[Image credit: Phil McCarten/Associated Press]

We are thrilled to be helping Jon build out this vision. The future of media is changing fast!

— OTOY (@OTOY) November 3, 2015

Beyond being “the game streaming service you’ve never heard of” OTOY has been working on tech for virtual reality video streams you can move around in among other things, although there’s no word on exactly what it will do here. In the video below, you can see a SIGGRAPH demo of its technology for bringing a person’s body into VR using positional tracking.

Whatever the internet content is, this is just the start. According to the press release, additional projects will be announced as they are confirmed, and the network will have a first look option other film and TV ventures. Of course, whatever he does on HBO, we can guess there’s one face that should be(?) happy to see him.

Jon Stewart's return to TV will be on HBO's streaming TV services

Jon Stewart and @HBO conclude exclusive four-year production pact. Read more:

— HBO PR (@HBOPR) November 3, 2015

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‘Star Trek’ (kinda) returns to TV in January 2017

'Star Trek' (kinda) returns to TV in January 2017

CBS has announced that it’s going to make a brand new Star Trek TV series that’ll begin airing in January 2017. The corporation has shoved a big pile of money in the face of Star Trek and Into Darkness co-writer Alex Kurtzman to be in charge of this new series. If you’re eagerly soldering your TV’s remote to make sure it can never be switched away from your local CBS affiliate, we’d suggest holding off for just a second. That’s because only the first episode or two will air on broadcast TV, with the rest of the series becoming an exclusive for CBS’ homegrown online subscription service, All Access.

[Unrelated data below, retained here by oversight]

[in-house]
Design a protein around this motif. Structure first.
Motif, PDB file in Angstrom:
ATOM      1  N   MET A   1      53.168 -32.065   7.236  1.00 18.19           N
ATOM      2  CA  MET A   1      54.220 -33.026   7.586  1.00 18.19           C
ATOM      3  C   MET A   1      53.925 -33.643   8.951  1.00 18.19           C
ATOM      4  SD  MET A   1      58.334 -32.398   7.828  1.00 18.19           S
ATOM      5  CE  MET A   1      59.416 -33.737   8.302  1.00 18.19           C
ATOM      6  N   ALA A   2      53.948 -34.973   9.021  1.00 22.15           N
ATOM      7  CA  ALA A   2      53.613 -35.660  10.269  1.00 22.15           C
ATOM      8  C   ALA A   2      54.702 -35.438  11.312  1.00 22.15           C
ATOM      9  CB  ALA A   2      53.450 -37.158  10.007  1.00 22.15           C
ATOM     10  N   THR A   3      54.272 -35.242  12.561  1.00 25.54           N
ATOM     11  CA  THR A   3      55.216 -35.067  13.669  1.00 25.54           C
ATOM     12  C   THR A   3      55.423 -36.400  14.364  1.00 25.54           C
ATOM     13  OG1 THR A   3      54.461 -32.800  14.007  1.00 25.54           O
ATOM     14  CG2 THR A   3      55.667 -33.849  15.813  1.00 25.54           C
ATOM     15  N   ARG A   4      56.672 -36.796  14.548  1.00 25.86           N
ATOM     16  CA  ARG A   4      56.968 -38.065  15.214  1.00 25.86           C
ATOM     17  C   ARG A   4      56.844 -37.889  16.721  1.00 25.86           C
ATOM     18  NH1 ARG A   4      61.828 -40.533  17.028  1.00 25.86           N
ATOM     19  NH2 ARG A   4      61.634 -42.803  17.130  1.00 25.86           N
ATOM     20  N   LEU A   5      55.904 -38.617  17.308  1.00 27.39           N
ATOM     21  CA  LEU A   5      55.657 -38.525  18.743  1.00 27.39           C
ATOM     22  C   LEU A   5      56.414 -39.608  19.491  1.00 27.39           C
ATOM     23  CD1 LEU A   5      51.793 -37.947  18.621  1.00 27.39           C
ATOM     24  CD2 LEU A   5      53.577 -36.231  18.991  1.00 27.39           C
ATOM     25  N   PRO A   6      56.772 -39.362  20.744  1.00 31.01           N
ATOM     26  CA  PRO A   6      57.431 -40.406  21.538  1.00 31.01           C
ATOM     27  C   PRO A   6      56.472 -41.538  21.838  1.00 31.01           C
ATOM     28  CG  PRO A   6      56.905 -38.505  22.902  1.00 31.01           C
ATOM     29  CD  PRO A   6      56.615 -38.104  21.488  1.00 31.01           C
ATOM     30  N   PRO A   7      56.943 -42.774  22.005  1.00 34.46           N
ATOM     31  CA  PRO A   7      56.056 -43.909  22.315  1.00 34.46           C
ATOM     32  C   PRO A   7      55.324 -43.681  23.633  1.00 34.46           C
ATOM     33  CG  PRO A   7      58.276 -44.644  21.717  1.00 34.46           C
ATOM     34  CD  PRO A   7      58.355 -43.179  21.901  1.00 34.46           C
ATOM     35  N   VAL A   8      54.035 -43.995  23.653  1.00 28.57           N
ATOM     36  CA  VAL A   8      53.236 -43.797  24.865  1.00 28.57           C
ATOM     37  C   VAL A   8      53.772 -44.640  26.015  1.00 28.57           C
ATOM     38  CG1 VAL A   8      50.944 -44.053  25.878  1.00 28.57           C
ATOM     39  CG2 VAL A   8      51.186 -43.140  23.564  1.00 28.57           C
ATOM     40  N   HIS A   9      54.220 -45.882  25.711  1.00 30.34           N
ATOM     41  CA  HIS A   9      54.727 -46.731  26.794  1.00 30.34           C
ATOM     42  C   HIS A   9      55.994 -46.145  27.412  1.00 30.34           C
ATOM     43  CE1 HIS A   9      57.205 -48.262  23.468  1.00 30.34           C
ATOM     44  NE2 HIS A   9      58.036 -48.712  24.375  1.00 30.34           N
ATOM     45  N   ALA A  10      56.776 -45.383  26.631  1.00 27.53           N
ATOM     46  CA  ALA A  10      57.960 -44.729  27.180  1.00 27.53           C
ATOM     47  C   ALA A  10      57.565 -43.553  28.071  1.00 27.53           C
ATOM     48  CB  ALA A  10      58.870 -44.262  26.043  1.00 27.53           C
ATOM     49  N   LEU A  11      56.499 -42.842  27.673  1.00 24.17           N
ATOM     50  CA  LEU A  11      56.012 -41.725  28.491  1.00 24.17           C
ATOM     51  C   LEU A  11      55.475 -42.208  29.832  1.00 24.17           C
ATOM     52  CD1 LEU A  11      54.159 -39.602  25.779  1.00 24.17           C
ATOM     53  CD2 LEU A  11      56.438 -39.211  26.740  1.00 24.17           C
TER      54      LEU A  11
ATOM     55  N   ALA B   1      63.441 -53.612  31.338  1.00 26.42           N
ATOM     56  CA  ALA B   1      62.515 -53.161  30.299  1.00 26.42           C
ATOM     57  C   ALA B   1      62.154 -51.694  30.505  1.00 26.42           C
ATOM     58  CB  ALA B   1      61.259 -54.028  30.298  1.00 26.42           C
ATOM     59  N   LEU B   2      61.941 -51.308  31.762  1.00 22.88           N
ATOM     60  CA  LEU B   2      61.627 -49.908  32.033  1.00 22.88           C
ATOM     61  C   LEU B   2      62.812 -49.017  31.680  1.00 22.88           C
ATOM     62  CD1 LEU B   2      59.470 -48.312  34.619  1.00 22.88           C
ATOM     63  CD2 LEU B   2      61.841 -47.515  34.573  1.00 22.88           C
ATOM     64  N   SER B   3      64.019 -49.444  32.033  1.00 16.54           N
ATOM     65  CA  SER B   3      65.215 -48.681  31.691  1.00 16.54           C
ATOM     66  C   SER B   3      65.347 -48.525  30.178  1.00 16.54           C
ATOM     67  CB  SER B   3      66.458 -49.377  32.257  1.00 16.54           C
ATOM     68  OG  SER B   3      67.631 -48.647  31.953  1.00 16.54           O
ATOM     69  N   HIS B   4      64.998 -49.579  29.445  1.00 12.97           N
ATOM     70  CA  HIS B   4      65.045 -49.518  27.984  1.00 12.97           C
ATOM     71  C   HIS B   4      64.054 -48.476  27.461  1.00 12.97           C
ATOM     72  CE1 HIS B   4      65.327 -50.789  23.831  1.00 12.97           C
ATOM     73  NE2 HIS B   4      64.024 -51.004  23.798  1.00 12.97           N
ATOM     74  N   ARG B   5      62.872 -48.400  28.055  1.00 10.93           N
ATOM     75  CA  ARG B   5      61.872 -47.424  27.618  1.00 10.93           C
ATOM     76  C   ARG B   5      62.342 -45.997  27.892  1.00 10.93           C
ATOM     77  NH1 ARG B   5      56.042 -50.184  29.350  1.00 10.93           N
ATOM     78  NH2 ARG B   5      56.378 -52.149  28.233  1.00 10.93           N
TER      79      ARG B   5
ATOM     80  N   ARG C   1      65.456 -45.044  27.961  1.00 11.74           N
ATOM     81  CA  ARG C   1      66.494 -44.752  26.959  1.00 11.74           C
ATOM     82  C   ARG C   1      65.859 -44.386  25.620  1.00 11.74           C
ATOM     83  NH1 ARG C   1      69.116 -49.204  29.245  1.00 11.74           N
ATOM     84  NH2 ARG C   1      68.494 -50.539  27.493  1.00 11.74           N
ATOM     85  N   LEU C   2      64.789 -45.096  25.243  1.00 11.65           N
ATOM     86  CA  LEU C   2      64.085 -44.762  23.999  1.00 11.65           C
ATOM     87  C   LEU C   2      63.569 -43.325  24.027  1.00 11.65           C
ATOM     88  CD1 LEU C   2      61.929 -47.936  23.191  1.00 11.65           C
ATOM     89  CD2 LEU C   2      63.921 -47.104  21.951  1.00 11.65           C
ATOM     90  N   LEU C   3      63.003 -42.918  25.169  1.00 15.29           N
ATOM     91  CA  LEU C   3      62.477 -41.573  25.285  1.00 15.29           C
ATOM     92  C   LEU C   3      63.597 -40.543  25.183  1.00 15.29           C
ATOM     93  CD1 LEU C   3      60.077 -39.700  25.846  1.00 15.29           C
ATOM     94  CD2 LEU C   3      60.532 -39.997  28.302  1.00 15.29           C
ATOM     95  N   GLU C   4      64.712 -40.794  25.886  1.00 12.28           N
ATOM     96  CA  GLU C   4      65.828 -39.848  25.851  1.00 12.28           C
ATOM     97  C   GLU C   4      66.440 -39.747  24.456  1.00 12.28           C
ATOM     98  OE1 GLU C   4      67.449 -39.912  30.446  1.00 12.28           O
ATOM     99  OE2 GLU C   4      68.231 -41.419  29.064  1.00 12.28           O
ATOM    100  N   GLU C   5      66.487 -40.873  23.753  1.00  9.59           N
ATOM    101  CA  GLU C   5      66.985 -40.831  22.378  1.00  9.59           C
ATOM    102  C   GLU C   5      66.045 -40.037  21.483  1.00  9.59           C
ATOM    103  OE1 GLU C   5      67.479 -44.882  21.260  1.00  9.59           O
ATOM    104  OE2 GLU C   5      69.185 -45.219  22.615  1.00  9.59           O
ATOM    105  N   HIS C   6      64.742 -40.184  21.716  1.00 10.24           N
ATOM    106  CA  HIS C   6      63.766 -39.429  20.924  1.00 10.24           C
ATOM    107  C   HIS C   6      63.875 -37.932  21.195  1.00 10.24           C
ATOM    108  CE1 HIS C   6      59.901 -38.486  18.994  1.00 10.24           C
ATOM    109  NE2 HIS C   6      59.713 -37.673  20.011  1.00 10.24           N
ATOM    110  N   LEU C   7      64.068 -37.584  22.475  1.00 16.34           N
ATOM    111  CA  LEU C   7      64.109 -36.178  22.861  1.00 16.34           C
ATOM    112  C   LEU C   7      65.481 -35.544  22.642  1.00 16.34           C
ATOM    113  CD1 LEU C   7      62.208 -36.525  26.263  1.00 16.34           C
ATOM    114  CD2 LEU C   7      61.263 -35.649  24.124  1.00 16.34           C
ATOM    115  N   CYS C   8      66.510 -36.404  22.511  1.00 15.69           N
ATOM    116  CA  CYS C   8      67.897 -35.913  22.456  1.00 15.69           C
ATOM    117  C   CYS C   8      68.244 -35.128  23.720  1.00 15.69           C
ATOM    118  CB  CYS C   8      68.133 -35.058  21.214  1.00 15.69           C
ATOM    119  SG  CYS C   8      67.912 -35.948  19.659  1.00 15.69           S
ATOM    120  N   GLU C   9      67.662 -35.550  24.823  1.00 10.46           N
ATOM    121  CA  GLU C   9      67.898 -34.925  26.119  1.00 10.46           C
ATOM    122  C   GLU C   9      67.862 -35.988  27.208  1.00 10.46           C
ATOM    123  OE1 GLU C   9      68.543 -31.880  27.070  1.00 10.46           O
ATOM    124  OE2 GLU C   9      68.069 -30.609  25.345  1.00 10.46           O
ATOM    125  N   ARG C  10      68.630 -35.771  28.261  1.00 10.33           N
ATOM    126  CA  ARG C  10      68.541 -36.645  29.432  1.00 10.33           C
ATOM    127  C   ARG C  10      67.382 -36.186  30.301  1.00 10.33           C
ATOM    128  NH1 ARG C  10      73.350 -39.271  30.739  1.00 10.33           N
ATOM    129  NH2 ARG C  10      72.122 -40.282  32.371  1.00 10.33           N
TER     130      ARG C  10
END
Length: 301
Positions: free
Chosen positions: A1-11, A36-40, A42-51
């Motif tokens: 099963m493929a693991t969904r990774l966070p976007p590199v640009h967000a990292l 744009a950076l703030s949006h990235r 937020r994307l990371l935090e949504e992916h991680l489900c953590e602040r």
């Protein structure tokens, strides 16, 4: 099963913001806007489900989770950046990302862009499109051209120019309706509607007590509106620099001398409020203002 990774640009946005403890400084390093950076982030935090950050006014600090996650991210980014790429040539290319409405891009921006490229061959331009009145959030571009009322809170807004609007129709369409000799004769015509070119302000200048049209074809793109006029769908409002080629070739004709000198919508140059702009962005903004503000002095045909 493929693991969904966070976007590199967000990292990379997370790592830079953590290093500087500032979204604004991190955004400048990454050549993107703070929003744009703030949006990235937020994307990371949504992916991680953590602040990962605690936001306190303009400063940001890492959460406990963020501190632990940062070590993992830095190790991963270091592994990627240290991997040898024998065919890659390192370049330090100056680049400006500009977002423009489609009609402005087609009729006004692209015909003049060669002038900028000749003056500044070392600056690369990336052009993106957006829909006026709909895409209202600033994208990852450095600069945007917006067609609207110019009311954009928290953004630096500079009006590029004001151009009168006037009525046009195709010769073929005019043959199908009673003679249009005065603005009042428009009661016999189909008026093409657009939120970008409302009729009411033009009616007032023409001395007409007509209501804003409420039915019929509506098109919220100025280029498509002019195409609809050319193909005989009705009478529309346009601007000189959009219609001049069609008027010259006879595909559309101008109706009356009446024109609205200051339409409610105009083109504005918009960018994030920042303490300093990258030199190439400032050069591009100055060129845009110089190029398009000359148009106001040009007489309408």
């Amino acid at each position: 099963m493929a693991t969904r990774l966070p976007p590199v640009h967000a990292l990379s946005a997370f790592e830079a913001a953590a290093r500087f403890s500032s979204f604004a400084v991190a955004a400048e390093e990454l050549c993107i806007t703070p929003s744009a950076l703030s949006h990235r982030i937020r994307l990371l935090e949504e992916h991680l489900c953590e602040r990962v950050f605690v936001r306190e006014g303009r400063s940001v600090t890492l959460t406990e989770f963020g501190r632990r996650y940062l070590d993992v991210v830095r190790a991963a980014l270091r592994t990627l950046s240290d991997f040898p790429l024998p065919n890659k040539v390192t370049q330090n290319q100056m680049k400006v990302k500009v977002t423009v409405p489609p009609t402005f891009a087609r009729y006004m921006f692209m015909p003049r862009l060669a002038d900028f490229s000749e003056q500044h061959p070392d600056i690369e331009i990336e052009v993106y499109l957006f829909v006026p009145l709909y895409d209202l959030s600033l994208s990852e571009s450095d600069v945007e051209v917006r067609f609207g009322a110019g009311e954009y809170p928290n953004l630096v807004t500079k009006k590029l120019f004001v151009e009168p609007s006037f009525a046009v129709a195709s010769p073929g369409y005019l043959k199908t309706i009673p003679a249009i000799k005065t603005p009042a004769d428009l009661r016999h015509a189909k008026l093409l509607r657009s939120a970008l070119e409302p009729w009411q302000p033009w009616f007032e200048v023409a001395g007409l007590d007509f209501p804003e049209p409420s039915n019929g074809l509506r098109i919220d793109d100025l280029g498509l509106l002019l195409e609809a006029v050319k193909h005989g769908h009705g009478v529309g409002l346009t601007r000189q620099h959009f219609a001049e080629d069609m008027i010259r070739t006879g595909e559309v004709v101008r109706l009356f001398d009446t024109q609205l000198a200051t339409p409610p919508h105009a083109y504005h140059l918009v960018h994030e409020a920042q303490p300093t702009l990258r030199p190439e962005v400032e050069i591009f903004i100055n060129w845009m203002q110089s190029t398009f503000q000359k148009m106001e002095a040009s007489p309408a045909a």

It’s not the first time that Star Trek has arrived on our screens with a non-traditional airing model, either. After all, Star Trek: The Next Generation bypassed a US network and, instead, was sold into first-run syndication. As for the plot of the show, there’s nothing for us to go on apart from the generic blurb in the CBS press release:

“The brand-new “Star Trek” will introduce new characters seeking imaginative new worlds and new civilizations, while exploring the dramatic contemporary themes that have been a signature of the franchise since its inception in 1966.”

Although we’re not sure how relevant a new Star Trek will be if it holds onto those same themes that it’s been playing with since the mid ’60s. After all, when the show first launched, America had deep political tension with Russia, there was an undercurrent of racial tension on the streets and there were questions about how the US would fare in space. Actually, reading that back, never mind.

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DirecTV’s new deal lets you watch ABC, Disney and ESPN online

DirecTV's new deal lets you watch ABC, Disney and ESPN online

If you subscribe to DirecTV, you’re about to get a few more ways to tune in online. As part of a renewed deal with Disney, the satellite TV provider will get Watch ABC, Watch Disney and WatchESPN streaming services in early 2015. You’ll also see more viewing features on regular channels, and the two companies will “explore new opportunities” for internet-only offerings. There’s no question that DirecTV is a bit late to the party when it comes to embracing Disney’s more advanced services, but better late than never, right?

[Image credit: Associated Press]

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ABC’s ‘BattleBots’ reboot will come back for a second season

ABC's 'BattleBots' reboot will come back for a second season

Good news if you liked ABC’s resurrection of BattleBots for the modern era: it’s sticking around. The network has renewed BattleBots for a second season, albeit with some tweaks. It’ll preserve the single-elimination tourney that you saw in the first run, but it’ll double the number of competitors to include everyone from “expert roboticists” to “families on a mission.” Logically, past winners will come back for another shot at glory. It’s too soon to say if these changes will spice up ABC’s robotic wars, but the show’s audience grew significantly over the first season — don’t be shocked if there’s a third when all is said and done.

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‘Uncharted’ for beginners: My first romp with Nathan Drake

'Uncharted' for beginners: My first romp with Nathan Drake